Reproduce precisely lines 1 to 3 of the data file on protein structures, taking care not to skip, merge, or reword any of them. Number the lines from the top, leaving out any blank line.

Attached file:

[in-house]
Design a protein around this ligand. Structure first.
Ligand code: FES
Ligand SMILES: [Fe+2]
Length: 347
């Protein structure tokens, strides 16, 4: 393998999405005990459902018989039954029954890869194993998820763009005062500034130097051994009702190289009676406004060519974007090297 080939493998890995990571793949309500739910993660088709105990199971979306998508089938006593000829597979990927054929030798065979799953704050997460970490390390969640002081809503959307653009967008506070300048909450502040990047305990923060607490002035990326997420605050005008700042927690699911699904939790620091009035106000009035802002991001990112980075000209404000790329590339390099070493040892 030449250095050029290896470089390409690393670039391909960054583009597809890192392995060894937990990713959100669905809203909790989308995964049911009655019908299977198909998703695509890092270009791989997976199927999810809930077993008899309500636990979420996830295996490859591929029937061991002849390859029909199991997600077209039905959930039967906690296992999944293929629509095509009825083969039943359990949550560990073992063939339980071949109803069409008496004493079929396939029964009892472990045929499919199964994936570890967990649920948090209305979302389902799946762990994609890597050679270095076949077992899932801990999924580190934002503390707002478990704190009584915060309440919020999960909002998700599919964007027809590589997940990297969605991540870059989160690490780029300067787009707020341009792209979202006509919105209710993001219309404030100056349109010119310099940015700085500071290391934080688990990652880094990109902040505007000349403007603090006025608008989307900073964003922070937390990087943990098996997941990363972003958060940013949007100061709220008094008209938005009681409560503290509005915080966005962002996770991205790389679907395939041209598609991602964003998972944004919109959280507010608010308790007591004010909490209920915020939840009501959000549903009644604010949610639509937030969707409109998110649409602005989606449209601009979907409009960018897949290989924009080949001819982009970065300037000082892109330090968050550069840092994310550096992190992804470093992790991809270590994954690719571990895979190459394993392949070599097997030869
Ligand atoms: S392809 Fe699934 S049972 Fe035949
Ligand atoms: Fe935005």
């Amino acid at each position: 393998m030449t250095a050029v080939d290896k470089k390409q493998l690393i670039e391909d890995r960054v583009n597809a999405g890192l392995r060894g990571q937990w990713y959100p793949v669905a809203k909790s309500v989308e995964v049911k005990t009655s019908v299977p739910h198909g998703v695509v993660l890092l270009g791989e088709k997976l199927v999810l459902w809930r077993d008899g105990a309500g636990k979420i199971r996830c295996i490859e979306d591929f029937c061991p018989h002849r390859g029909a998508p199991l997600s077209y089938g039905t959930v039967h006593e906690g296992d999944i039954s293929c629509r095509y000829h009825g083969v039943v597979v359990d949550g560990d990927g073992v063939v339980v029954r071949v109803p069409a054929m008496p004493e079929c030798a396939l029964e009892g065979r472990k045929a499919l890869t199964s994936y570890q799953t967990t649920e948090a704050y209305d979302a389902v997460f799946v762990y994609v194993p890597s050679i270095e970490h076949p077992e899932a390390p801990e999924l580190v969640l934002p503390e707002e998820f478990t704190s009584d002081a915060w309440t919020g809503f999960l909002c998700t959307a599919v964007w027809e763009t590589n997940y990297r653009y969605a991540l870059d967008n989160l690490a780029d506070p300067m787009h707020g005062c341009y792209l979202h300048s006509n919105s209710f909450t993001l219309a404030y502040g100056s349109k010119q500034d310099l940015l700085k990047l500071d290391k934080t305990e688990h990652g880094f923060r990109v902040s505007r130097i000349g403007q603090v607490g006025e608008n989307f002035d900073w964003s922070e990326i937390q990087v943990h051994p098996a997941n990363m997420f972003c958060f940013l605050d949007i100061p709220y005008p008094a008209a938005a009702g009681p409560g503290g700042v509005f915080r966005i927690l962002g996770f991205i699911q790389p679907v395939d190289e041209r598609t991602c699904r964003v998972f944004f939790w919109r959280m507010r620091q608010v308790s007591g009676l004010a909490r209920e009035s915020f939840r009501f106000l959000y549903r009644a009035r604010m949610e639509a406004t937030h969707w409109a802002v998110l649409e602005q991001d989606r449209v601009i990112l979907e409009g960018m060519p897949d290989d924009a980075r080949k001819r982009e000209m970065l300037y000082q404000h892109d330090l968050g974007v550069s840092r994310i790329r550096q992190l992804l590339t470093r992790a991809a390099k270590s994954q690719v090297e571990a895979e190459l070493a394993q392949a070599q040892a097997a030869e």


[in-house]
Design a protein around this ligand. Structure first.
Ligand code: FES